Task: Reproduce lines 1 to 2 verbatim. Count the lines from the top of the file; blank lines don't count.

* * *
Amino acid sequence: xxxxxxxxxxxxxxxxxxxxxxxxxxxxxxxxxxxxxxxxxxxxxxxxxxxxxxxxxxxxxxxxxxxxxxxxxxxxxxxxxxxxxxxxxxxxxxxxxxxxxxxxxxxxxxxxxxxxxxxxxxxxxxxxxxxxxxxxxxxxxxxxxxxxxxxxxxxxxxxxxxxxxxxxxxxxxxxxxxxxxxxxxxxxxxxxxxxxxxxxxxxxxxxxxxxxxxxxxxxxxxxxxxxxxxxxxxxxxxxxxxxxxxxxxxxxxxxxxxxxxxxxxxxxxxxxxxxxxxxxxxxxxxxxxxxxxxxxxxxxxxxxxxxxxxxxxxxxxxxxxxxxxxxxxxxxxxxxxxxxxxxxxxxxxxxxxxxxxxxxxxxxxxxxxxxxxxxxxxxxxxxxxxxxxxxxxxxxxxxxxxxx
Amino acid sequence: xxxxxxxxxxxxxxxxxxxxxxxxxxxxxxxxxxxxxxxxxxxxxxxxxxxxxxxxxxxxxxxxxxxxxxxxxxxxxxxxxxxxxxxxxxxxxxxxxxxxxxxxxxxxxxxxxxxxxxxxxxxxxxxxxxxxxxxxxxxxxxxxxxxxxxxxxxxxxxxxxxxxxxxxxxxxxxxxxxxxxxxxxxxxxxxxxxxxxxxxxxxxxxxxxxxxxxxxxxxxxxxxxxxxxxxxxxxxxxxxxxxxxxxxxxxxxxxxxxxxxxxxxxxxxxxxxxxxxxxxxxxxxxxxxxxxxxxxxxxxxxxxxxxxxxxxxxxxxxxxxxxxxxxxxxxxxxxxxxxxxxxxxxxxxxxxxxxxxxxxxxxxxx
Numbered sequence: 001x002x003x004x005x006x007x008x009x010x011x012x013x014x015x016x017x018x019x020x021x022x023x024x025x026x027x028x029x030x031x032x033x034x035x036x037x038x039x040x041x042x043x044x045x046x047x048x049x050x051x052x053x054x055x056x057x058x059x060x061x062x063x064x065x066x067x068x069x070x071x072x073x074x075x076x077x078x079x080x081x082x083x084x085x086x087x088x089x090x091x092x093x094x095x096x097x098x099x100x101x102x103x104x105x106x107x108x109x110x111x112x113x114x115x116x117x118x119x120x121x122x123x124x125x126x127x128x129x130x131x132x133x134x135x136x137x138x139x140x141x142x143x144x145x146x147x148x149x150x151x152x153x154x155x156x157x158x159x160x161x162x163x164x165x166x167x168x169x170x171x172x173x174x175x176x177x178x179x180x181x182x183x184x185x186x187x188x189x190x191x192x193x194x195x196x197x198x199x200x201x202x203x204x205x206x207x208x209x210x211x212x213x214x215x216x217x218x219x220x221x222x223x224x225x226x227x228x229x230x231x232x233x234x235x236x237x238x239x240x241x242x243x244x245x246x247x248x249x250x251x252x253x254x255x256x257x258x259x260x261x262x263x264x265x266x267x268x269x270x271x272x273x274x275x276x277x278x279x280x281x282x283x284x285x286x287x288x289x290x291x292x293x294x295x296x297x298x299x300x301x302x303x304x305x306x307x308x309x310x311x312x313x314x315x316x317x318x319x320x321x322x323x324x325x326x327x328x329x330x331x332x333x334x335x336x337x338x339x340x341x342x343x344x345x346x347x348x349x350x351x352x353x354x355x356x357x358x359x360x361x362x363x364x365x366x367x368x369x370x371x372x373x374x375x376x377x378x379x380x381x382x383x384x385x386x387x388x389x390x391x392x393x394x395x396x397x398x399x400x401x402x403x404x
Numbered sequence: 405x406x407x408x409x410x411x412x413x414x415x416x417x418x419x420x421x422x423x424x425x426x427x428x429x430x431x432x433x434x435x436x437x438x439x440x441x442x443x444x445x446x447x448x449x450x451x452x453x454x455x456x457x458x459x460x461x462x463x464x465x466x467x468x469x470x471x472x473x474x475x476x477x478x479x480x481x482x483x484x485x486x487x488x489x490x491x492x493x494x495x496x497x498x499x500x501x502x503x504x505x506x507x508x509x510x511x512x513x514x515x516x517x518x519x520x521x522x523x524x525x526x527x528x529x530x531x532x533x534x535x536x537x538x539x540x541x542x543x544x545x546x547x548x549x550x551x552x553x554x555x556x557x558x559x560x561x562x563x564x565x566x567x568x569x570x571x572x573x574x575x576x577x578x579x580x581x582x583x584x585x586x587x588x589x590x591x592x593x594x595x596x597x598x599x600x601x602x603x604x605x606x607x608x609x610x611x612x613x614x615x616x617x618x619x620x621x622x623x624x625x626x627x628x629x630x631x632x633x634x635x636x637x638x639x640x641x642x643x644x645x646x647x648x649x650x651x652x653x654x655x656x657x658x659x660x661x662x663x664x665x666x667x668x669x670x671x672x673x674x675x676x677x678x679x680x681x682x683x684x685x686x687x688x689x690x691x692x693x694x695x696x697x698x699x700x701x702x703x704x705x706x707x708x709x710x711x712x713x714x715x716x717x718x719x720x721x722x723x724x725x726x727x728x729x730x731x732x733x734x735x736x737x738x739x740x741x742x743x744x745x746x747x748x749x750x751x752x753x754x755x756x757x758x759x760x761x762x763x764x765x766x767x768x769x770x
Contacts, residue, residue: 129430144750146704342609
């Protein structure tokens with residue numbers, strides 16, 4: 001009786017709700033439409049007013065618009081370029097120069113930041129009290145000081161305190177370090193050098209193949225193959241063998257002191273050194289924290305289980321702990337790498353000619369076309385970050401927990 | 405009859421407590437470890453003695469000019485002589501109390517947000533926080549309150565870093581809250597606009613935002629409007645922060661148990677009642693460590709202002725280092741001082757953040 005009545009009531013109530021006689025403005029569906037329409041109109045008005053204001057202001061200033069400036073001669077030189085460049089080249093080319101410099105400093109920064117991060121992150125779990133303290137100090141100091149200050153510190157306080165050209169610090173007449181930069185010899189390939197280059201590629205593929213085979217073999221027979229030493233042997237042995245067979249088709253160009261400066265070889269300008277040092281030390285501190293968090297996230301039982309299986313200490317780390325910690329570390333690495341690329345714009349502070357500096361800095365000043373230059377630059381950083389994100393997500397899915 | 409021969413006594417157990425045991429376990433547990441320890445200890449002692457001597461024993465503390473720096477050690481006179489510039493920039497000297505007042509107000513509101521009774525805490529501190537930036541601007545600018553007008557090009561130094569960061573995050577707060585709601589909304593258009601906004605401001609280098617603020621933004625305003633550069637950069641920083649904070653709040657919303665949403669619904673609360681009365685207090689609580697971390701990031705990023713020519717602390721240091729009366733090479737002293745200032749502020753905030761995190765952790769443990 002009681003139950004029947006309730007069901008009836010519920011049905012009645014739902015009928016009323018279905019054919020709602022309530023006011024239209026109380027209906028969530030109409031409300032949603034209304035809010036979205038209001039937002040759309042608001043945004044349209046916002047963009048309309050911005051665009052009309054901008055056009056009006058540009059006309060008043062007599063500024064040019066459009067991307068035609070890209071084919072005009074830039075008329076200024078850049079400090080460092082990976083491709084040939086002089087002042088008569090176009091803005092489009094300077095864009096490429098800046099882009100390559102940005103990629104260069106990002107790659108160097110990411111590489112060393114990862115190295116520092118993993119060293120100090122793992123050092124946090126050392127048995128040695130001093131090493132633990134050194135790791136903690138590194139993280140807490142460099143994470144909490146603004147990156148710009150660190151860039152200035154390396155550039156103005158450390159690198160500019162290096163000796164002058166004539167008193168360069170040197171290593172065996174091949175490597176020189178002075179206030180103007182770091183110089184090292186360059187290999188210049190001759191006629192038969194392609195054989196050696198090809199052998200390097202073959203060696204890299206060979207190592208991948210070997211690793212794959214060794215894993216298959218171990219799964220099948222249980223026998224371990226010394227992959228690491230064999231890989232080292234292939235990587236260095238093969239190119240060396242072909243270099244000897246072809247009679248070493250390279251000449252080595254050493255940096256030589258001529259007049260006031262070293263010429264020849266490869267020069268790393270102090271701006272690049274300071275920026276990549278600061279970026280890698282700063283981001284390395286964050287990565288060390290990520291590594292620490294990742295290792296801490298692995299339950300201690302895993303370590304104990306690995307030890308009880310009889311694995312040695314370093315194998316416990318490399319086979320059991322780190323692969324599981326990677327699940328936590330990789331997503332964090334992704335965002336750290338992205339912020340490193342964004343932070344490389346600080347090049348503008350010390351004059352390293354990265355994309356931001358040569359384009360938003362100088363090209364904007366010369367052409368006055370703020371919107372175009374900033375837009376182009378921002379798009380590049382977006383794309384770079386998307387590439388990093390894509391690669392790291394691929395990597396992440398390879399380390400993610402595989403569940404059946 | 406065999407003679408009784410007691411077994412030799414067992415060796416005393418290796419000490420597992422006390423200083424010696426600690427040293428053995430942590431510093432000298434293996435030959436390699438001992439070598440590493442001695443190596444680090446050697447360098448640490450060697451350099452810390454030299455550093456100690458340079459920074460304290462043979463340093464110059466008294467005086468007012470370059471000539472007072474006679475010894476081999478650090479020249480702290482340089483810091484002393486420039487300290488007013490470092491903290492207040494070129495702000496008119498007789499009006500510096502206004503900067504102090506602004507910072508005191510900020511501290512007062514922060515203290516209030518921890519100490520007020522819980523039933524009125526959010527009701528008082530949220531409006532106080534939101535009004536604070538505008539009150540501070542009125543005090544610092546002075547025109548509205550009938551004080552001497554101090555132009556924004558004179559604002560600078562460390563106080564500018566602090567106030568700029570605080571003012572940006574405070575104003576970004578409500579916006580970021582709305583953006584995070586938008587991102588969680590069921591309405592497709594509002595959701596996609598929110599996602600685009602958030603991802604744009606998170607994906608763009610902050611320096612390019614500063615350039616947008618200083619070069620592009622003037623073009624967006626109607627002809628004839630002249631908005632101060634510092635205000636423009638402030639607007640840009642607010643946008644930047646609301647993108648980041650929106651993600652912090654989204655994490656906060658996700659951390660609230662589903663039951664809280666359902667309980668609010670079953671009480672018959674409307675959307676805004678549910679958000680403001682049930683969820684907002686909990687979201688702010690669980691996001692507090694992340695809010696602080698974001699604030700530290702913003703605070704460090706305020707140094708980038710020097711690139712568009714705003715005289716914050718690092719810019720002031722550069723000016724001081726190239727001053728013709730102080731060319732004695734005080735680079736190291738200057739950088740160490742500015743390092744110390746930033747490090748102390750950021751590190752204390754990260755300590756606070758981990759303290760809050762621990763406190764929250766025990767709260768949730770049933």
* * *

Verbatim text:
Amino acid sequence: xxxxxxxxxxxxxxxxxxxxxxxxxxxxxxxxxxxxxxxxxxxxxxxxxxxxxxxxxxxxxxxxxxxxxxxxxxxxxxxxxxxxxxxxxxxxxxxxxxxxxxxxxxxxxxxxxxxxxxxxxxxxxxxxxxxxxxxxxxxxxxxxxxxxxxxxxxxxxxxxxxxxxxxxxxxxxxxxxxxxxxxxxxxxxxxxxxxxxxxxxxxxxxxxxxxxxxxxxxxxxxxxxxxxxxxxxxxxxxxxxxxxxxxxxxxxxxxxxxxxxxxxxxxxxxxxxxxxxxxxxxxxxxxxxxxxxxxxxxxxxxxxxxxxxxxxxxxxxxxxxxxxxxxxxxxxxxxxxxxxxxxxxxxxxxxxxxxxxxxxxxxxxxxxxxxxxxxxxxxxxxxxxxxxxxxxxxxxxxxxxxxx
Amino acid sequence: xxxxxxxxxxxxxxxxxxxxxxxxxxxxxxxxxxxxxxxxxxxxxxxxxxxxxxxxxxxxxxxxxxxxxxxxxxxxxxxxxxxxxxxxxxxxxxxxxxxxxxxxxxxxxxxxxxxxxxxxxxxxxxxxxxxxxxxxxxxxxxxxxxxxxxxxxxxxxxxxxxxxxxxxxxxxxxxxxxxxxxxxxxxxxxxxxxxxxxxxxxxxxxxxxxxxxxxxxxxxxxxxxxxxxxxxxxxxxxxxxxxxxxxxxxxxxxxxxxxxxxxxxxxxxxxxxxxxxxxxxxxxxxxxxxxxxxxxxxxxxxxxxxxxxxxxxxxxxxxxxxxxxxxxxxxxxxxxxxxxxxxxxxxxxxxxxxxxxxxxxxxxxx